This is why it is essential that you institute an online recognition system for your remote employees. There are many different ways to do it, but we suggest you start with something very simple.

8: Friday close-off meetings

When we work on-site, leaving the office symbolises the end of the workday and workweek. However, when you are working and chilling at the same place, it isn’t so easy to maintain boundaries between working and resting.

One of the biggest challenges of remote employees is cutting off from work. This is a very serious problem because staying plugged in means your employees aren’t able to rest, which will eventually lead to burnout.

At the end of the workday on each Friday, gather your team for a short, half an hour video meeting. Use it to acknowledge the work you have done during the week, celebrate your wins and share plans for the weekend.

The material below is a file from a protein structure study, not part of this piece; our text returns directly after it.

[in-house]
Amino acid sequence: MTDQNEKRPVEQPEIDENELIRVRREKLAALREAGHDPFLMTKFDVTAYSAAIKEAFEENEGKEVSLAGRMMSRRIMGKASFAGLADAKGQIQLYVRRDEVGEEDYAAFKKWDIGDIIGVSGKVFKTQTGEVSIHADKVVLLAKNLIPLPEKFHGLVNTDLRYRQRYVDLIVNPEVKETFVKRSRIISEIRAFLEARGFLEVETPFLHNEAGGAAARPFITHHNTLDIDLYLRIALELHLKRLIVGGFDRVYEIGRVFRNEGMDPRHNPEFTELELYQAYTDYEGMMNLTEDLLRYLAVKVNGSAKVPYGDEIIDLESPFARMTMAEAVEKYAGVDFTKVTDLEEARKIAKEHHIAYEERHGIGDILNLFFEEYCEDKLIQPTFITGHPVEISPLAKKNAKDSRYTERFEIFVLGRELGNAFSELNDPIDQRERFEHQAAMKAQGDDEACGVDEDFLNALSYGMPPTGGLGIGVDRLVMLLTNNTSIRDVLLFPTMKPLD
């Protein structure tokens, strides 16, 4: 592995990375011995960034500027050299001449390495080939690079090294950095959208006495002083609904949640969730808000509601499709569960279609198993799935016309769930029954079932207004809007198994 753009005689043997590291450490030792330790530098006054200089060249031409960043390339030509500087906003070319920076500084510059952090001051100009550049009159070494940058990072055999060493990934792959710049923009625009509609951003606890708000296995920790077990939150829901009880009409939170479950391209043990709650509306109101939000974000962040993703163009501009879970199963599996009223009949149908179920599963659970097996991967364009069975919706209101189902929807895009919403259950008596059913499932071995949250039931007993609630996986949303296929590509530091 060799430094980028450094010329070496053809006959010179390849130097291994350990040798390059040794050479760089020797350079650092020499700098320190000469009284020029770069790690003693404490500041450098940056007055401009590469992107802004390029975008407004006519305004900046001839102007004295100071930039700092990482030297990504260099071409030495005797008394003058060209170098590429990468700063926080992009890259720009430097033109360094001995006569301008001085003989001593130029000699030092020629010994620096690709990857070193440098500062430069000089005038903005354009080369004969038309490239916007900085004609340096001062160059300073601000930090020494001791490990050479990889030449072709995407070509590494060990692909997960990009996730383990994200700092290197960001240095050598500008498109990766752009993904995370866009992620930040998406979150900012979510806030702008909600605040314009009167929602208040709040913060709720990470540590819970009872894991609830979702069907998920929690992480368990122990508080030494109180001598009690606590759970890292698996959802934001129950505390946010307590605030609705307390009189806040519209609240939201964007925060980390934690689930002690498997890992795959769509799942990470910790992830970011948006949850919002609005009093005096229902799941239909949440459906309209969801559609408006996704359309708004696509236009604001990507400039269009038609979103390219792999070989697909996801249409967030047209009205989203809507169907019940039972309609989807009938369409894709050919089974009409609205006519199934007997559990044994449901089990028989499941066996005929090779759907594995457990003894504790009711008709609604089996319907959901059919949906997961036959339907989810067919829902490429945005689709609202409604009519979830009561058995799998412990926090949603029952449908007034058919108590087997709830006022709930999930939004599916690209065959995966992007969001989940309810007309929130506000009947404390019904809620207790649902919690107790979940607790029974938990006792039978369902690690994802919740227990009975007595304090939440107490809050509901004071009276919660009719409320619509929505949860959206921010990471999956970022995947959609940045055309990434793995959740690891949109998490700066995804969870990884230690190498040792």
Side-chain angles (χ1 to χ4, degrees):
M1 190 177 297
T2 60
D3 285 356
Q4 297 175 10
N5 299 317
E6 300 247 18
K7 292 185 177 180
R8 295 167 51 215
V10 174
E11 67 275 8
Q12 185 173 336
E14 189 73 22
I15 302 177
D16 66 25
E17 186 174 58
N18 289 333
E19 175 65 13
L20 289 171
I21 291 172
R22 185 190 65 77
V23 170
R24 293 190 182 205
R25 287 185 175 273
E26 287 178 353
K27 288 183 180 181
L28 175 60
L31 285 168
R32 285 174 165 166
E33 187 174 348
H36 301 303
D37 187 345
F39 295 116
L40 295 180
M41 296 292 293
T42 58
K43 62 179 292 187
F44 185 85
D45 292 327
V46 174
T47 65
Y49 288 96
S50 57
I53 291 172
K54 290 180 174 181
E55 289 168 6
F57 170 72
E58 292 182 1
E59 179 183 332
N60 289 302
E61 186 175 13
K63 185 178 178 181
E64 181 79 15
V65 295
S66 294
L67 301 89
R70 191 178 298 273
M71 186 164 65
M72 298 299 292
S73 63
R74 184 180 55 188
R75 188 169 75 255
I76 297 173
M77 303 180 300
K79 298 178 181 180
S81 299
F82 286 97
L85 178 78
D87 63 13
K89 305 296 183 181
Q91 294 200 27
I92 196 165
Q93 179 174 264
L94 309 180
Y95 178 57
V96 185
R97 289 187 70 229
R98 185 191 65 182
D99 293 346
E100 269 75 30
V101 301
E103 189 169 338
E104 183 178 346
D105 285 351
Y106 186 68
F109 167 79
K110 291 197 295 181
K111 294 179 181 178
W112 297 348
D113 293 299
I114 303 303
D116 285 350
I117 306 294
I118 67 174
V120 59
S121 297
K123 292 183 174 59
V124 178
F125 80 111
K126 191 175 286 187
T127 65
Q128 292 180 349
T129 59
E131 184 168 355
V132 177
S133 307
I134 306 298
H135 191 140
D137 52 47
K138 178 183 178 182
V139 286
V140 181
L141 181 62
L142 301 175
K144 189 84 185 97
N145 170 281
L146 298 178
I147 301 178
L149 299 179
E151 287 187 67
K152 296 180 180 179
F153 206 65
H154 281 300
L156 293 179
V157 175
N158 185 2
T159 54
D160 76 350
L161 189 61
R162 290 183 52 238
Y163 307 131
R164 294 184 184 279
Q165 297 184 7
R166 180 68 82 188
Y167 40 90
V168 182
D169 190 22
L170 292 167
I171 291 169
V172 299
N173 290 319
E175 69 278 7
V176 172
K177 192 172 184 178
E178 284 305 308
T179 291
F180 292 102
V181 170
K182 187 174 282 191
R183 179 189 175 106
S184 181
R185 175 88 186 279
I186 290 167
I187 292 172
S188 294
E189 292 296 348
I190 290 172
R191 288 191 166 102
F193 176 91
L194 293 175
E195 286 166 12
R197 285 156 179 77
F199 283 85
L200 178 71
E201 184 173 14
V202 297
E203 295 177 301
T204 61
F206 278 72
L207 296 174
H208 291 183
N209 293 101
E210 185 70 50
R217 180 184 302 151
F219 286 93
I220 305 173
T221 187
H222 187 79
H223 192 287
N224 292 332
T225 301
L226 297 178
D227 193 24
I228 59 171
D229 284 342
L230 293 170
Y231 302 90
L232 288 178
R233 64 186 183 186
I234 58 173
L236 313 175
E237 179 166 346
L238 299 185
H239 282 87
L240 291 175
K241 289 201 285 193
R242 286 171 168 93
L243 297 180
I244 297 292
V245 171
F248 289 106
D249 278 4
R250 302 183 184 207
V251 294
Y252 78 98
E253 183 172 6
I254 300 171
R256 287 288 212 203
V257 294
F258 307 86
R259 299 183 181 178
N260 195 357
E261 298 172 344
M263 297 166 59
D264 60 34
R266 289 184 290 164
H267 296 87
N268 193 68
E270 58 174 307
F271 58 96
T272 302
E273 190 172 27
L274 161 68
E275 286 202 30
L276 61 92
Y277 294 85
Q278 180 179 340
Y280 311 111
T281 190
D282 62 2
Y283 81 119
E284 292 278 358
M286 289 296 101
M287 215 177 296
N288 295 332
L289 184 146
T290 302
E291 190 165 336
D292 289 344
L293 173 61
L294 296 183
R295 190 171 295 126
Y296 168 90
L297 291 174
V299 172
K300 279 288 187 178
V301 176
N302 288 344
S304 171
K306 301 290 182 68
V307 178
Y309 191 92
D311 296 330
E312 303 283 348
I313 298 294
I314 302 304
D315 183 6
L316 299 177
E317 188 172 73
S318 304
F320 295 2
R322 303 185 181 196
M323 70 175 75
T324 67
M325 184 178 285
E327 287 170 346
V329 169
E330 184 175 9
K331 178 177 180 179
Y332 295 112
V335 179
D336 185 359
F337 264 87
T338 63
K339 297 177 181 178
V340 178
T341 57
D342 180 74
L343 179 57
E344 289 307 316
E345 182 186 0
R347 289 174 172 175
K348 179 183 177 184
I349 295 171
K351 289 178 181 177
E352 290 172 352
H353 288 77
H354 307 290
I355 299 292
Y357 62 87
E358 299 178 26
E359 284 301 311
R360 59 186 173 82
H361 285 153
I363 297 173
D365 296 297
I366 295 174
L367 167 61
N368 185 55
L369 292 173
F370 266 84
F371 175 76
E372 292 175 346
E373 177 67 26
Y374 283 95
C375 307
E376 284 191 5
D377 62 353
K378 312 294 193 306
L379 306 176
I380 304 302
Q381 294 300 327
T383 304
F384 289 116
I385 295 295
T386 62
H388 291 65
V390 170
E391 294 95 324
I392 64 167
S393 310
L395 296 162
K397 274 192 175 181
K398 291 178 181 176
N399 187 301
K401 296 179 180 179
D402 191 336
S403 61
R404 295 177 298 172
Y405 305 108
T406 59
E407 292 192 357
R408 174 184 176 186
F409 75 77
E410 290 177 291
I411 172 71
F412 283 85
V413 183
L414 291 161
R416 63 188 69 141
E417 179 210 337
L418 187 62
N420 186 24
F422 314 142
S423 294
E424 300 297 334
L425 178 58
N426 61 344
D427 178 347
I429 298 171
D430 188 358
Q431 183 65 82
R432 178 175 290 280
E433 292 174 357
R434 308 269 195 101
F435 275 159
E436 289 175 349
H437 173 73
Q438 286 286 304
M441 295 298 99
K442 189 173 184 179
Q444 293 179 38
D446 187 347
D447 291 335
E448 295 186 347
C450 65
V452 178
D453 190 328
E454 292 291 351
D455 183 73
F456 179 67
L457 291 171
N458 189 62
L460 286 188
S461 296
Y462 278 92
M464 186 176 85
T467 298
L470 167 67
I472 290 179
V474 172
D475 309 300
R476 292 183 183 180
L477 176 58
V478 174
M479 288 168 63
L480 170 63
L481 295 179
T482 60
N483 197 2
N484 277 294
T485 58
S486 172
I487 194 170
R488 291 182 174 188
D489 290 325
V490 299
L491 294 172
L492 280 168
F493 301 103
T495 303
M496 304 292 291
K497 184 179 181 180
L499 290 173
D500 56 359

9: Engagement surveys

Building and maintaining strong employee engagement can be challenging when you have remote employees – especially if they’re not used to remote work. Your remote employees might be facing different challenges, but you won’t know about them unless you ask.

It is not likely your remote employees will feel your daily stand up meetings are an appropriate place to address their concerns. Since face to face time is relatively rare and valuable in the remote working setting, you won’t have the opportunity to see if your remote employees are dealing with some work-related issues.

This is why you should conduct periodic, and regular, engagement surveys. Try sending out these surveys at least once a month. That way, you’ll be able to compare results and see if there are any changes or issues that need to be tackled.

Example of remote employee engagement survey questions:

  • What do you think could help us to improve daily communication?
  • Do you feel like you can easily reach your colleagues when you need them?
  • How can we help you improve your work-from-home experience?
  • Are you happy with your productivity level?
  • What is the biggest challenge you are currently facing while working remotely?

The most important part of conducting employee engagement surveys is to act on them. Check in with your remote employee who is experiencing challenges and make a plan to successfully tackle those challenging issues.